A recent study from the National Association Realtors found that American homeowners gained over $8.2 trillion dollars in housing wealth over the past decade. And with home prices and inflation skyrocketing, there has never been a better time to put your money in real estate. Now might be a good time to buy a second home and watch your equity build wealth for you over the next several years. You could use it as your own personal vacation home, let your children live in it, or even rent it out for extra income. But taking on another mortgage can be a daunting financial task. Fortunately, in many cases there are ways to make a second home work into your budget.
Run the Numbers
Your first step should be to take a look at your income, assets, and current debt load to see what you could reasonably take on when it comes to buying a second home. There are plenty of online mortgage calculators that can help you determine where you stand financially. You can also talk to your lender for more detailed questions and assistance.
Save Up Cash
While paying for a second home with cash might sound crazy, in some parts of the country it can be doable. If you can find a modest place or even a manageable fixer-upper, you might be able to wait and save enough to buy a second home outright. All that money then becomes equity and can just grow unfettered as the market climbs.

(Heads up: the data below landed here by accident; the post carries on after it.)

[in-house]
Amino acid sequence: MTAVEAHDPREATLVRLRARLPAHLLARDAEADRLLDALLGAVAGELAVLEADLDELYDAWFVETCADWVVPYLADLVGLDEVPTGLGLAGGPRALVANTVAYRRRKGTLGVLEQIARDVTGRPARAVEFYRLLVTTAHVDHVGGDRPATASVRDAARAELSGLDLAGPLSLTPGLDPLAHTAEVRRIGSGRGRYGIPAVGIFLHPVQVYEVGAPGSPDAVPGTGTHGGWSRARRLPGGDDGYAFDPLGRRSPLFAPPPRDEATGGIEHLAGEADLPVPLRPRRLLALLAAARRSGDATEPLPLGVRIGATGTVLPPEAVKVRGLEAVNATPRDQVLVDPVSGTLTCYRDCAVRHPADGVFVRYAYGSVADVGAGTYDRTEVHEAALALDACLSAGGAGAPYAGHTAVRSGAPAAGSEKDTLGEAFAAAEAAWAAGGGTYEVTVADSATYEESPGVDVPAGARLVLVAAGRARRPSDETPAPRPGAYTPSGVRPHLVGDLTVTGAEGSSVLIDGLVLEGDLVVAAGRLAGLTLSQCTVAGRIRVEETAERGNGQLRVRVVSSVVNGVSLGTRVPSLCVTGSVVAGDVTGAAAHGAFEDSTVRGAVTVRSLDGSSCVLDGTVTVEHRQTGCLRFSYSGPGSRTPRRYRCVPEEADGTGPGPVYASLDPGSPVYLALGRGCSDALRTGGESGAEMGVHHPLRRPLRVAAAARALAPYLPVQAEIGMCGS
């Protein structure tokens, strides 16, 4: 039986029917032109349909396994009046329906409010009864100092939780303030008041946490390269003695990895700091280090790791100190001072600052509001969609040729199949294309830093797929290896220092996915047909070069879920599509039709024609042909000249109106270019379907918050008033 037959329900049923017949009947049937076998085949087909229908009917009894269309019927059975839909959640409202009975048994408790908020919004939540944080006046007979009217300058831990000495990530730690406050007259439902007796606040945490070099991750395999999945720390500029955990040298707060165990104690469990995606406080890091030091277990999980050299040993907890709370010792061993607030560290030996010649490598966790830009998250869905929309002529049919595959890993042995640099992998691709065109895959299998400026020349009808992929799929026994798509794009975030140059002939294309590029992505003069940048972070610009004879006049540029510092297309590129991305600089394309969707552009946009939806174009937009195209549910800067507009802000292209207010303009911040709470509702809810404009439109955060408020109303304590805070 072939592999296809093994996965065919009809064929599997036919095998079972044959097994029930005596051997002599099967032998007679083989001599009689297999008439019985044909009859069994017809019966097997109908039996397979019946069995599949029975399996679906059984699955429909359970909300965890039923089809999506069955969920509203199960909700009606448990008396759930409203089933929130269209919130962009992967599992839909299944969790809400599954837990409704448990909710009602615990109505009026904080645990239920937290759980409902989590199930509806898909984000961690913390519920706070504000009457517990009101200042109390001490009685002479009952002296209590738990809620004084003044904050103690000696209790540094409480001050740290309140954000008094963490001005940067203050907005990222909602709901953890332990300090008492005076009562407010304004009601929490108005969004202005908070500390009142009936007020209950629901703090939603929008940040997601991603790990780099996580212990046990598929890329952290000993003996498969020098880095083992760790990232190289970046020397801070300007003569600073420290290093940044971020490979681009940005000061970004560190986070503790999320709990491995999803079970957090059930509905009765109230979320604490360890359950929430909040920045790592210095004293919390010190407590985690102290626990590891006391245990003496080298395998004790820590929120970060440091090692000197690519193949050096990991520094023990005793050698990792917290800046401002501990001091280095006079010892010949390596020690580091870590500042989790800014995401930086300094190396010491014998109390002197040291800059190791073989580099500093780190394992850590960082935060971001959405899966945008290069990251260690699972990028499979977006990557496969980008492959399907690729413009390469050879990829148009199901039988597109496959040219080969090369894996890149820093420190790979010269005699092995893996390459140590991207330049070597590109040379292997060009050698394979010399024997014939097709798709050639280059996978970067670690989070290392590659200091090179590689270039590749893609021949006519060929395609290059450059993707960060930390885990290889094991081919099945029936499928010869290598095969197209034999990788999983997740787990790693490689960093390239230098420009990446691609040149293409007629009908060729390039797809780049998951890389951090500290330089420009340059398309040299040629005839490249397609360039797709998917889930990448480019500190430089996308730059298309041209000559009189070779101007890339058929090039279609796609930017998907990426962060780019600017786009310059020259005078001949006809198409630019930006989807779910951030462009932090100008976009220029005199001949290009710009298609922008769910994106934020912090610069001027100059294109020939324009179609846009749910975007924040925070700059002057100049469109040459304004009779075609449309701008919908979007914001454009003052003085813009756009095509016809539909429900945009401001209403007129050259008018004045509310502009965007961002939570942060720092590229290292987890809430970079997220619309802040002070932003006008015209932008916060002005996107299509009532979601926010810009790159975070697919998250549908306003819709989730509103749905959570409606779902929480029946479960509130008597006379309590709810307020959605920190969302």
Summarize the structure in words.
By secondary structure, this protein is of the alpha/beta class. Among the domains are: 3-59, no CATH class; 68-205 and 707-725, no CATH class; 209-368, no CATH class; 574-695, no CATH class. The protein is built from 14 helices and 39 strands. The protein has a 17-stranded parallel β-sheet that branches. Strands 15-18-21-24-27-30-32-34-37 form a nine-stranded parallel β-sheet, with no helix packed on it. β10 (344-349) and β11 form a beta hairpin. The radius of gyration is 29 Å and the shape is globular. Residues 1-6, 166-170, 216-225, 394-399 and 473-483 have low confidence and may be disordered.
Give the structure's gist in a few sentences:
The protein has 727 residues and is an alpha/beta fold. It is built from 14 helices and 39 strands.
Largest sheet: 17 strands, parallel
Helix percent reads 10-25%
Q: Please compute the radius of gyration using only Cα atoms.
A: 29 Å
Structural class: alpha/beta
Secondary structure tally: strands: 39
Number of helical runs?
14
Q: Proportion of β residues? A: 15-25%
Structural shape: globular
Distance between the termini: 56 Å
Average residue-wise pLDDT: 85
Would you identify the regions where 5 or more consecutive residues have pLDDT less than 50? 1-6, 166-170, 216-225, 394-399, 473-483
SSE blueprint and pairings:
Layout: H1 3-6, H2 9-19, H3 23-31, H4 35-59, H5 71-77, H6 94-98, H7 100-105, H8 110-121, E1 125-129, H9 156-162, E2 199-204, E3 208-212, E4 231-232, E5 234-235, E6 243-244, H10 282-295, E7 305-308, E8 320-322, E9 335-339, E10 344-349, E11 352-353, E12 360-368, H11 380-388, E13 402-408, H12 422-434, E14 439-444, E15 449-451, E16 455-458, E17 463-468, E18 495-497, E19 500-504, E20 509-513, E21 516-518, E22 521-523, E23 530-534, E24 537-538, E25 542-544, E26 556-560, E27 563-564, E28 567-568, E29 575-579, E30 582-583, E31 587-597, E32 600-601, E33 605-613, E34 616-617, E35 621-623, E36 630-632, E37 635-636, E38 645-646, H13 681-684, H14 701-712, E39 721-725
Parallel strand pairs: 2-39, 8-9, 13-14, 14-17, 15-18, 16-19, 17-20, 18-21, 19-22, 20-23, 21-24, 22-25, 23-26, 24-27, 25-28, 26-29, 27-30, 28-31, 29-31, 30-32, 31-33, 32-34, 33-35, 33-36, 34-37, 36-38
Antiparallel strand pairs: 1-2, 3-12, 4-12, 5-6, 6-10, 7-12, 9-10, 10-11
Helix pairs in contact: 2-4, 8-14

There are mortgages designed specifically for second home purchases. The benefit is that you usually get decent interest rates and a fixed payment spread over 30 years. However, the interest rates on second home loans are generally higher than on primary residence mortgages and the down payment requirements are often much higher than on first loans. You will also likely need a higher credit score and greater cash reserves.
Another way to access all the money tied up in your current house is to do a cash-out refinance. This pays off your current mortgage with an entirely new and larger loan, giving you cash from your equity to use however you want. Depending on the price of your second home, that money could pay for your purchase or be used as a down payment. Of course, you have to pay for higher risk, so interest rates might be higher for taking cash out of your equity and you might need a higher credit score than you did to buy your first home.
You could always try to negotiate with the owner of the property you want to buy to assume their current mortgage. This might be especially profitable if they already have a loan with a super low interest rate or terms. Loan assumptions are fairly uncommon, so it might be a challenge to find a seller willing to work with you, but if you do it could pay off in the end.
Buying a second home can require some creative thinking, but the financial benefits of long-term equity can make it all worth it!